1) Where did you source the caps/plugs you used?
2) The flipped over reed looks to me like it is always open - there is a visible gap in the side-view picture. Are we sure that's kosher?
1) I own a Motorcycle Shop, so... I think I got these ones from Advance Auto, though. it was hard to find a good size. Lize Spaz' said, the cheaper ones have a tendancy to crack, so just like anything else, you need to be aware of that.

2) The reed is locked down by the 'reed keeper'. The gap that you see is not the reed, but the reed keeper. I did this view so people would see what it looks like when you flip over the reed keeper.

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Old 12-04-2009, 07:32 AM
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both of y'all; as long as we've bought the aftermarket plate kit, no worries as to sealing? gaskets, rtv, etc? looks as to be Stainless Steel, but no mention of the cap of carb tubes in the instructions off the ebay site...
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Old 12-04-2009, 09:06 AM
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ah... ok, now that I re-read (no pun intended) you original post, I see that you already said that. Thanks!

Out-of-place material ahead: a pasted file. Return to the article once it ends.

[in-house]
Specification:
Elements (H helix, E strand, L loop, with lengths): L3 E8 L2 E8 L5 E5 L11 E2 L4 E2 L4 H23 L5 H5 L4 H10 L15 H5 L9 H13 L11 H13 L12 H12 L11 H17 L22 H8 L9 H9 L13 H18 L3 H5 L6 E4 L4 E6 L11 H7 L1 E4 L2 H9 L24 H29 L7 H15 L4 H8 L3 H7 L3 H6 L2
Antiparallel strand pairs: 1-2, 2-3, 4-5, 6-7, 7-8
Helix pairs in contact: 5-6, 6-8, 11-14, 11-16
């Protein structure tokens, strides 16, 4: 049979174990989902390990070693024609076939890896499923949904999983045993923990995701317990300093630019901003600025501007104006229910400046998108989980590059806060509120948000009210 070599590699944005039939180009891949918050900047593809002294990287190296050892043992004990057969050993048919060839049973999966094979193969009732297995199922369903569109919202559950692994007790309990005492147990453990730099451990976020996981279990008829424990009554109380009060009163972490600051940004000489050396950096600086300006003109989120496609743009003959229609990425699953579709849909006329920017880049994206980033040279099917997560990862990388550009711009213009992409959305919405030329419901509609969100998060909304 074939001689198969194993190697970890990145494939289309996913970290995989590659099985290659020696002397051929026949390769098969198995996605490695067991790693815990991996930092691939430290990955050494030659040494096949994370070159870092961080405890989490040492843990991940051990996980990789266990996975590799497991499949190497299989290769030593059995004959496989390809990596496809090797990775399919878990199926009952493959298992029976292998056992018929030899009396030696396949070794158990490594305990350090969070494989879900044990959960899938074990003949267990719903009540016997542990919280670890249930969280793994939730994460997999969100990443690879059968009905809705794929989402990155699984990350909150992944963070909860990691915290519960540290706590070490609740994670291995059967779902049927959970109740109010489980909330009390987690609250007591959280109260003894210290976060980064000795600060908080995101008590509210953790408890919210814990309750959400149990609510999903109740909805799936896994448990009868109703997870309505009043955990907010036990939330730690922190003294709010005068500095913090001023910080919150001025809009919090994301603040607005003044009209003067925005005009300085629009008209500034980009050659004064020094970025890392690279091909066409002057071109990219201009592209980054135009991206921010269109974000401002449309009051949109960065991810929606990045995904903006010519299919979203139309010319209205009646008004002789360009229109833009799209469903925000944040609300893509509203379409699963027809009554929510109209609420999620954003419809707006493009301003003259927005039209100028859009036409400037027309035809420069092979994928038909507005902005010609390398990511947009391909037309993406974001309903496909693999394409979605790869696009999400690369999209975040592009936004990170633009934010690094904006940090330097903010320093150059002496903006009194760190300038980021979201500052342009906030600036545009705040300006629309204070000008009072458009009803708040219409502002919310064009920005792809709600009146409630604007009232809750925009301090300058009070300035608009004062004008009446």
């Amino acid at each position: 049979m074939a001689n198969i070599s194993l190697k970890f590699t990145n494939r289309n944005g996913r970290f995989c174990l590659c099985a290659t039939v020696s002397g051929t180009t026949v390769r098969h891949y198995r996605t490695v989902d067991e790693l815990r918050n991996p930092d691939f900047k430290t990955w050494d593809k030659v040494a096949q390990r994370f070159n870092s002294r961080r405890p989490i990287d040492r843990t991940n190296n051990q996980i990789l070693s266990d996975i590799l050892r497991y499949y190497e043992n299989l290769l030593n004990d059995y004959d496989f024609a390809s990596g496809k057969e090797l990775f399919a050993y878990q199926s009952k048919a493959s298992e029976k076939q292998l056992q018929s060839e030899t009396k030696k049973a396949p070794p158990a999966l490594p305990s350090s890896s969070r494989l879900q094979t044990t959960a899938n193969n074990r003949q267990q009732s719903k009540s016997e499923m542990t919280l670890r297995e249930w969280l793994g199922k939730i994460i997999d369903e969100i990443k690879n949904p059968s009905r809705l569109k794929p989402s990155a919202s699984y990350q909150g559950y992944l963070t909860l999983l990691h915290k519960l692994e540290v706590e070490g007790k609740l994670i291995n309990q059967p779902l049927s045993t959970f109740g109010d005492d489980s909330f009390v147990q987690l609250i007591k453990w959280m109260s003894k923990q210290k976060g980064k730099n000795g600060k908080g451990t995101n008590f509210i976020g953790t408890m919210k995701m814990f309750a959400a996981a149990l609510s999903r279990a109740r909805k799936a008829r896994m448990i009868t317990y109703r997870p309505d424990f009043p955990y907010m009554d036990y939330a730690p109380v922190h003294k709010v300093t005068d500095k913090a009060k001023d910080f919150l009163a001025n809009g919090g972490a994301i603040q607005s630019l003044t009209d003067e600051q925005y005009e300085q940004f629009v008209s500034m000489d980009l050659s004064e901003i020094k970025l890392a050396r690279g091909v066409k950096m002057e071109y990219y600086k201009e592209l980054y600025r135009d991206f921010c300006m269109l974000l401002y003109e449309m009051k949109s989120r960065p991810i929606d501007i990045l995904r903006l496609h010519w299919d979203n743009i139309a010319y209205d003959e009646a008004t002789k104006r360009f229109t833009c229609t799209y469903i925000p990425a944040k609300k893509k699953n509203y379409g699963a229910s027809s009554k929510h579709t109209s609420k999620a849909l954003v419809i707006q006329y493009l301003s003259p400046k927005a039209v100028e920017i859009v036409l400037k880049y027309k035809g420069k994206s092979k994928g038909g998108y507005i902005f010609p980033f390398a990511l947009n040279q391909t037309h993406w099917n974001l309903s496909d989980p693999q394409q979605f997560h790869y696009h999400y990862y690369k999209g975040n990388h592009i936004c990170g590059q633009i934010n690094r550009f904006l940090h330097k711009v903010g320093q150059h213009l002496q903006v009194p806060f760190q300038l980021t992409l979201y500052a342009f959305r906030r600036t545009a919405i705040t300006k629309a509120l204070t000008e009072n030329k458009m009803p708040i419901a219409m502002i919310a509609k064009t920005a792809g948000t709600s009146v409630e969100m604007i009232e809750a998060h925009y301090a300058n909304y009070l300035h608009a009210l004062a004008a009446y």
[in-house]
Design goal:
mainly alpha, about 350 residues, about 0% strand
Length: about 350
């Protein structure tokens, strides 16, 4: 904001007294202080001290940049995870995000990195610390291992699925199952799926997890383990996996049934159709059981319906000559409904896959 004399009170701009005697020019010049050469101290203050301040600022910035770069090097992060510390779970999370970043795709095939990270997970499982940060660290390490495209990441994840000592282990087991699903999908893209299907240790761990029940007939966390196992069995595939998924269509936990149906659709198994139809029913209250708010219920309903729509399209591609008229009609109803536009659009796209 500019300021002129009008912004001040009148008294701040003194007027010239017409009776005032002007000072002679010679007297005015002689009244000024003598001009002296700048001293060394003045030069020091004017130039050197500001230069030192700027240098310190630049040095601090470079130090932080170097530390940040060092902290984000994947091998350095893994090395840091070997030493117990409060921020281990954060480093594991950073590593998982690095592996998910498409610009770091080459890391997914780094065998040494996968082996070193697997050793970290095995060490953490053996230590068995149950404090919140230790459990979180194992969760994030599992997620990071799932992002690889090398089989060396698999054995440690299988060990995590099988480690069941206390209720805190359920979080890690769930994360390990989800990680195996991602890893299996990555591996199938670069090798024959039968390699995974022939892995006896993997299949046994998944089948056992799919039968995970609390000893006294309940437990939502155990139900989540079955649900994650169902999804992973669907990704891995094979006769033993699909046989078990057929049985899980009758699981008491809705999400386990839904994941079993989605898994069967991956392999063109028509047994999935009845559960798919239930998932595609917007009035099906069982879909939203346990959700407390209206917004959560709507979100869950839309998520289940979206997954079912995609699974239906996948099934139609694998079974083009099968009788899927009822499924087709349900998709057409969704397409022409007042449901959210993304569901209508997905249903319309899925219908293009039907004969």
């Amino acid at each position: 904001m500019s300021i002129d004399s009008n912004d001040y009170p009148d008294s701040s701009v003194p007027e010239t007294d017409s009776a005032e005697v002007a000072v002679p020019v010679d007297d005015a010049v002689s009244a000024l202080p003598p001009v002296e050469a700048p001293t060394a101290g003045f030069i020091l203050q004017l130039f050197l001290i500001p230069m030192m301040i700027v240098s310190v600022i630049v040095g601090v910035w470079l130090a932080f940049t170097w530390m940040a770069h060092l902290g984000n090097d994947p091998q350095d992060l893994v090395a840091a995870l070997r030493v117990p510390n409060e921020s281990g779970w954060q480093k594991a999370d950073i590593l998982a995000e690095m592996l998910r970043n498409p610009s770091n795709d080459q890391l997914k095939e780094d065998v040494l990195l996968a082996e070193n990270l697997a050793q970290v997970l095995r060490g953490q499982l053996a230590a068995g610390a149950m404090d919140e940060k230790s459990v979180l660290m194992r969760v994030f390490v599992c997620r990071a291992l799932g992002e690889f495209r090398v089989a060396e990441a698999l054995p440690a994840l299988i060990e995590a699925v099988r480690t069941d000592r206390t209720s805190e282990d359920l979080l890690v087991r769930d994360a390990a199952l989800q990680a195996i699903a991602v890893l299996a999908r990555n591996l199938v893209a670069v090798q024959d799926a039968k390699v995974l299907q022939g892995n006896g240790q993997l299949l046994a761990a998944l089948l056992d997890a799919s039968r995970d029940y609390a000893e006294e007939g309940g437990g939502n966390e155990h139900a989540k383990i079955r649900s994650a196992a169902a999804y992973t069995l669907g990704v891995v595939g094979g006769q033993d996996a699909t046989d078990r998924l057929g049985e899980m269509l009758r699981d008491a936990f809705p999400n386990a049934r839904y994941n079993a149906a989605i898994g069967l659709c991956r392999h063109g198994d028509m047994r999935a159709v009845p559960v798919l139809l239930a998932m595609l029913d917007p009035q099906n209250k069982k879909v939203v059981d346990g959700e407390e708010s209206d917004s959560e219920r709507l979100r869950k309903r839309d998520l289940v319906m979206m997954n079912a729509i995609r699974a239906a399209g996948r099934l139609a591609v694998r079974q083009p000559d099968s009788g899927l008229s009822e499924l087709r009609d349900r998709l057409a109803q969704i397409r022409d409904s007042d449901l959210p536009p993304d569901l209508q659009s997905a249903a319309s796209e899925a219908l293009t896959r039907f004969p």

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Old 12-04-2009, 09:37 AM
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UPDATE

I took my bike out last night after the quick job that I did on the pair valves. Damn, what a difference. I have no more backfiring or afterburn and if I'm not mistaken, I feel like she's smoother on the acceleration, too.
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Old 12-12-2009, 11:35 AM
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Post

Ah... ...the reed keeper - that's right. Sorry 'bout that.


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Old 12-12-2009, 12:24 PM
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Originally Posted by superchickencornermonster View Post

Good write up but on another note, in this pic it looks like you have a hot lead running through the same clamp that holds the fuel line to the front carb. While it just might be the angle of the photo that makes it look that way. Even if it is in the same clip, you might never have a problem, but do you really want to take that chance?
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Old 12-22-2009, 04:48 PM